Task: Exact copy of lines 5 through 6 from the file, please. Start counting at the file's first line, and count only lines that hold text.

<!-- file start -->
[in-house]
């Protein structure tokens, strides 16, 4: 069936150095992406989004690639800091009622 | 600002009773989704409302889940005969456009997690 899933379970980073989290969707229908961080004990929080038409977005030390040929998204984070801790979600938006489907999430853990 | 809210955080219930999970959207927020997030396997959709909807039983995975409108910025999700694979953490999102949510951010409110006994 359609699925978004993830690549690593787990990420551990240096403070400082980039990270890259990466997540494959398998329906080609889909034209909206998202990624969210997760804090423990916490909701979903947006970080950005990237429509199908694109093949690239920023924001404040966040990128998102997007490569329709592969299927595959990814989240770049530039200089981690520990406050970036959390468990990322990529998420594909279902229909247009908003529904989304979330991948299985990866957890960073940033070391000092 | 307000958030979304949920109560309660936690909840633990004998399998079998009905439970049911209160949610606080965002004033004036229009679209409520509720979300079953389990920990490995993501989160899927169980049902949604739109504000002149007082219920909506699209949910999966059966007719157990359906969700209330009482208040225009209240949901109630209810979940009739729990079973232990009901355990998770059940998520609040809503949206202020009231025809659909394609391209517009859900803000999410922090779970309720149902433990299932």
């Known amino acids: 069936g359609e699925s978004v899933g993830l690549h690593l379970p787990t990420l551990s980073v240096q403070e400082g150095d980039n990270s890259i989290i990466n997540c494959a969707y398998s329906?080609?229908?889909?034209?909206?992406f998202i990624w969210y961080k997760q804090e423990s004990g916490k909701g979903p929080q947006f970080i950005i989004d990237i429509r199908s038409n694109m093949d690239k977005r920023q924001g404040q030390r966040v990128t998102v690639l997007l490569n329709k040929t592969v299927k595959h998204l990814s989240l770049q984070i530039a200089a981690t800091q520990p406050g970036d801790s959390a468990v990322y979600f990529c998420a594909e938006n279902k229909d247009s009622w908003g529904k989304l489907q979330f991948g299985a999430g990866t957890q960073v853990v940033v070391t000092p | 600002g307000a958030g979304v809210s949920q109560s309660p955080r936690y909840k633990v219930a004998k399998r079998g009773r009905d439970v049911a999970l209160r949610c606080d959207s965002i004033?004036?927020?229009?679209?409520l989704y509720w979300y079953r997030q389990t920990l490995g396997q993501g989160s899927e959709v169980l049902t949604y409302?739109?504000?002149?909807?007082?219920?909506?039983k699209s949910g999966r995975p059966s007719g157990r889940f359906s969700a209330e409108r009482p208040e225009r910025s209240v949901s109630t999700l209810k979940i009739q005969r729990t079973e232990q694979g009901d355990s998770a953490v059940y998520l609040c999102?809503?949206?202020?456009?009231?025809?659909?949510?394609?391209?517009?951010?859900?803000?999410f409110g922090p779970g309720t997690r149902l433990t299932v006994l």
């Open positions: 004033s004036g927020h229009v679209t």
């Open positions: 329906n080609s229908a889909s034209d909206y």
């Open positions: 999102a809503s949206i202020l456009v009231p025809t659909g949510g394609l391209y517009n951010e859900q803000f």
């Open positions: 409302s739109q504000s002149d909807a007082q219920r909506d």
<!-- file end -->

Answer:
């Open positions: 329906n080609s229908a889909s034209d909206y």
């Open positions: 999102a809503s949206i202020l456009v009231p025809t659909g949510g394609l391209y517009n951010e859900q803000f």